Emotional Distancing in a Family: Why Does It Happen?
Emotional distancing in a family doesn’t happen overnight. In fact, in general, it gradually accumulates in an excess of disappointments, silent grudges, harsh words, and silences. These kinds of dynamics can occur in any family member, leaving behind festering wounds.
Parents, children, brothers, uncles, cousins, grandparents… you can experience these kinds of problems with any one of them. Furthermore, emotional distance occurs more often than you probably think. Indeed, many households have a family member who no longer comes to visit or doesn’t even call on the phone to find out how everything’s going.
For many, this is natural. Because it’s never easy to get along with everyone in the family. However, the situation becomes a little more problematic when it arises between parents and children. Obviously, blood ties don’t guarantee affection, nor are they an imposition to maintain a bond. Nevertheless, these types of situations are often experienced with feelings of great sadness.
Let’s take a closer look.
Emotional distancing in the family: what are the causes?
Emotional distancing in the family has been a fairly neglected topic in the field of research, according to a study conducted by neuropsychiatric, Richard Conti, from Kean University in New Jersey (USA). He claims that these situations happen quite frequently and that they occur to a greater degree among cousins, aunts and uncles, and nieces and nephews. Nevertheless, the greatest feeling of anguish and psychological exhaustion arises in the nuclear family (parents and children).
Nowadays, this subject is discussed more frequently. This could be because we see public figures either practicing it or talking about it. For example, the Duke and Duchess of Sussex leaving behind the British royal family to start their lives in another country. Anthony Hopkins has also spoken more than once about the fact that he hasn’t spoken to his daughter in almost two decades.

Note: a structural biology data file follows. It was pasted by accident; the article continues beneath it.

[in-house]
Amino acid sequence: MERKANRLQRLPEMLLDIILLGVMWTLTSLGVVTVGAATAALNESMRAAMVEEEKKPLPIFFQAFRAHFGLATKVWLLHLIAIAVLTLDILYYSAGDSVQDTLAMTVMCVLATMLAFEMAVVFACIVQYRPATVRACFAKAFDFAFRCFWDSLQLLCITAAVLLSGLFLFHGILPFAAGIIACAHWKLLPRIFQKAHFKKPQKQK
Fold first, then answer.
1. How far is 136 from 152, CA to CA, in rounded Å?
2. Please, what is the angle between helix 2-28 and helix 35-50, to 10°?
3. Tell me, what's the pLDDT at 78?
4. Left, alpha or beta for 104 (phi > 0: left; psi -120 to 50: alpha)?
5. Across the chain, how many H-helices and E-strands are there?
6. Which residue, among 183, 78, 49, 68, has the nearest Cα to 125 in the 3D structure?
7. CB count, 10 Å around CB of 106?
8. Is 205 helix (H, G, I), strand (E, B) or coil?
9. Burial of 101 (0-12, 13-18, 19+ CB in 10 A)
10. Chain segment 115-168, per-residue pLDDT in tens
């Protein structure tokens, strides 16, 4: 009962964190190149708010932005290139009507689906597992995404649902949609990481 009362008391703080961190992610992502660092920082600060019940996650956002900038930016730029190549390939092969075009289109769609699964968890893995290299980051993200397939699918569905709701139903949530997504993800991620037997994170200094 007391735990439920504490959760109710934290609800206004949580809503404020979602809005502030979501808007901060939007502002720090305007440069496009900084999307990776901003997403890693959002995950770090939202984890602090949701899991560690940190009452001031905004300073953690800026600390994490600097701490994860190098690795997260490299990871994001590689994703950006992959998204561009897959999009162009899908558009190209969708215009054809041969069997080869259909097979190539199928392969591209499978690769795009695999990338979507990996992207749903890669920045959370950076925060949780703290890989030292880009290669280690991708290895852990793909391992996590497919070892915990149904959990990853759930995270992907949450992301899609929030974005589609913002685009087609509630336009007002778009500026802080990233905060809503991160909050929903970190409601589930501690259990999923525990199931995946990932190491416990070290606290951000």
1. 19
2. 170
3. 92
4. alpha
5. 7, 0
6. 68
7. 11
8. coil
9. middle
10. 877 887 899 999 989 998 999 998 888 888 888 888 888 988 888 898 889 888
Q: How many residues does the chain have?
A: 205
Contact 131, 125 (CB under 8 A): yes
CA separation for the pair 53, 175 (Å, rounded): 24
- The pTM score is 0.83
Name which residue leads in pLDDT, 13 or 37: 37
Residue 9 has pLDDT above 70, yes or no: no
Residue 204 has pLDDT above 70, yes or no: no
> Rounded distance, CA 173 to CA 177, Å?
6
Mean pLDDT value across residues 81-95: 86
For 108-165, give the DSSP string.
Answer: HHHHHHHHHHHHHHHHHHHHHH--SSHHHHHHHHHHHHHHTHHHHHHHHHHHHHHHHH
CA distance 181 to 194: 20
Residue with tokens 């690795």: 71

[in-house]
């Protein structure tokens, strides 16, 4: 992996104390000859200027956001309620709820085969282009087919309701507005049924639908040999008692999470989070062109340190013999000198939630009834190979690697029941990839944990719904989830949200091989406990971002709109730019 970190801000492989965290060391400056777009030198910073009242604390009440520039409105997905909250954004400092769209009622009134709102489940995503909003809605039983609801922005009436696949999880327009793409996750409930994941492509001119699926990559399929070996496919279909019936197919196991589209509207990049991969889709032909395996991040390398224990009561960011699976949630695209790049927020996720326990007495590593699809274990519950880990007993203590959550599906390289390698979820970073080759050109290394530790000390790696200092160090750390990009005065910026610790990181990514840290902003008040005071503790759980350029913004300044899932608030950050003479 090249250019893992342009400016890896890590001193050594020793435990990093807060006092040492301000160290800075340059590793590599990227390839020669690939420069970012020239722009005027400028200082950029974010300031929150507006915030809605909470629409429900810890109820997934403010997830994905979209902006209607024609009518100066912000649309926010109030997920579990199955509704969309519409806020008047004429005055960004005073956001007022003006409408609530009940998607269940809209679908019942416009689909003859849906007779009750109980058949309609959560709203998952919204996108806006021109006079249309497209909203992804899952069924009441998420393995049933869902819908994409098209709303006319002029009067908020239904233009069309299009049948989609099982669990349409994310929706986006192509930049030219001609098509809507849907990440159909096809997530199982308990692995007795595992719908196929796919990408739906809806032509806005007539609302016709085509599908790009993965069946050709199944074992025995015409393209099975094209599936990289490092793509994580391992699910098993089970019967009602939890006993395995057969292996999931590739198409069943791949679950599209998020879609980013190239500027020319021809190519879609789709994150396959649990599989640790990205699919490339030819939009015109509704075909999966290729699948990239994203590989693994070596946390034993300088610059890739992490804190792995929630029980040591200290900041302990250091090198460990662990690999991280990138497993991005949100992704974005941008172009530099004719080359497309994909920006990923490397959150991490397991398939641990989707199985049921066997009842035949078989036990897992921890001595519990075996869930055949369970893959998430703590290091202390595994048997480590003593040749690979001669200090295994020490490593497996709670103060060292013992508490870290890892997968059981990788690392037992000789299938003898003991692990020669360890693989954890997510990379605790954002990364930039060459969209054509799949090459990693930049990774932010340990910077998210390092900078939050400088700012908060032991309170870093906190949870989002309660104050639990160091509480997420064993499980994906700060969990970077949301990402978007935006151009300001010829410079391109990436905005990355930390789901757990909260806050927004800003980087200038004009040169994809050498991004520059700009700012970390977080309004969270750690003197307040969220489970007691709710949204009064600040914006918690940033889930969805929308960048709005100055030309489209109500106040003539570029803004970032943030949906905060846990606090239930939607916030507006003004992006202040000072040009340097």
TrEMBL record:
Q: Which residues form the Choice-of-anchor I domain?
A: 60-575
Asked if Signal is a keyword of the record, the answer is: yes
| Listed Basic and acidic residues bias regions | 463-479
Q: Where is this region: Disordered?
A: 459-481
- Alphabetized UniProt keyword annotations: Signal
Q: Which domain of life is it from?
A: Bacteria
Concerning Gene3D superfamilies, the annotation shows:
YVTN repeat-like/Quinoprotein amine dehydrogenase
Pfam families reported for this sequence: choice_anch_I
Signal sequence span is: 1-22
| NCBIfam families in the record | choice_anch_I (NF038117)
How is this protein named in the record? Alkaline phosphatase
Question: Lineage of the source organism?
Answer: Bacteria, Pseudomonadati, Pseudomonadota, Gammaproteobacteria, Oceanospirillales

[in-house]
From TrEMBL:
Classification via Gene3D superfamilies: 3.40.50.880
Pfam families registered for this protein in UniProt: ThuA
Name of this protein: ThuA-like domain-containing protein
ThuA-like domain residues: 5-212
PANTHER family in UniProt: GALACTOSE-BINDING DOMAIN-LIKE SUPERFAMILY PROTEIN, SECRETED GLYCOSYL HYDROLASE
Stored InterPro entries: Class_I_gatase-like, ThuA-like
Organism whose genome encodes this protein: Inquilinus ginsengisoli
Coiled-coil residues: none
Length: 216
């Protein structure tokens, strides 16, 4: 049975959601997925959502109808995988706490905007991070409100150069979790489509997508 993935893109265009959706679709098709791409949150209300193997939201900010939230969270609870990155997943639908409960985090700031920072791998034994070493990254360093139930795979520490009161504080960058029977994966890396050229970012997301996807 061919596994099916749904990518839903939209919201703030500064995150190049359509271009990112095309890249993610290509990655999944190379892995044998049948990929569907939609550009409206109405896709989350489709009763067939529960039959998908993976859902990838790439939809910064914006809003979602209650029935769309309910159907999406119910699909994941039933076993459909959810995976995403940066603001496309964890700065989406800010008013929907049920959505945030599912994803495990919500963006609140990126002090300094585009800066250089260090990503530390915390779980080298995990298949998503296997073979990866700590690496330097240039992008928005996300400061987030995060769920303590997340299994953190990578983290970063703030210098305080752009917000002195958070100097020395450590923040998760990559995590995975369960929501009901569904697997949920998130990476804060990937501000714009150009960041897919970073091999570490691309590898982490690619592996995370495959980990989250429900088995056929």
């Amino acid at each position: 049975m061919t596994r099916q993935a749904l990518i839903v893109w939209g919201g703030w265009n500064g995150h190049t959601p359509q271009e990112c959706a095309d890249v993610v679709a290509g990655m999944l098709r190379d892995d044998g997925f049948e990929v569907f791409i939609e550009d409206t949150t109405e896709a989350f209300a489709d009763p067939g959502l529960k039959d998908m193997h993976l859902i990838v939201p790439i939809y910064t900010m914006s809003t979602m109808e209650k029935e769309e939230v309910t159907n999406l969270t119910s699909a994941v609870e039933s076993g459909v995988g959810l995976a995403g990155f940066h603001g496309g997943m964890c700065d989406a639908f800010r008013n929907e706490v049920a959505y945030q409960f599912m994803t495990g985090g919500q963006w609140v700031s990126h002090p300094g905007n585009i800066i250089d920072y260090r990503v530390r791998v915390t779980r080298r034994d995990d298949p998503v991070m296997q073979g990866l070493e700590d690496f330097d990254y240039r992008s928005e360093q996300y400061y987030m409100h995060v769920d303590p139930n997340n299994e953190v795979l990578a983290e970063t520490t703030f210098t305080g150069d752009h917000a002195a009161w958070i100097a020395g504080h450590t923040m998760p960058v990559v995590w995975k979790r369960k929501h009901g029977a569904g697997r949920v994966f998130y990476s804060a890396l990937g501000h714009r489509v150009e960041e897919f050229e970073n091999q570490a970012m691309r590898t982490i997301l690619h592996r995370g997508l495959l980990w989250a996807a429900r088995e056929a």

Viewed from the outside, it might be sad and even incomprehensible. However, the dynamics woven in a home and between a group of people are extremely complex. Salvador Minuchin, a psychiatrist and prominent family therapist, used to say that growing up and maturing means learning to separate. Unfortunately, some separations occur in a painful and even distorted way, creating wounds forever.
Let’s take a look at the main causes of emotional distancing in the family.
Different expectations and values
How do you conceive your life? What do you expect from yourself? What are your values? Often, when you answer these questions, you discover that your relatives hold ideas that are diametrically opposed to yours but this shouldn’t be a problem. After all, the best families aren’t those who agree on everything, but those who, despite their differences, respect each other.
Nevertheless, unfortunately, this doesn’t happen too often. In fact, in many cases, the origin of emotional distance arises from a clash of irreconcilable values and expectations. For instance, some parents place unreasonably high expectations on their children and they don’t fit in with them.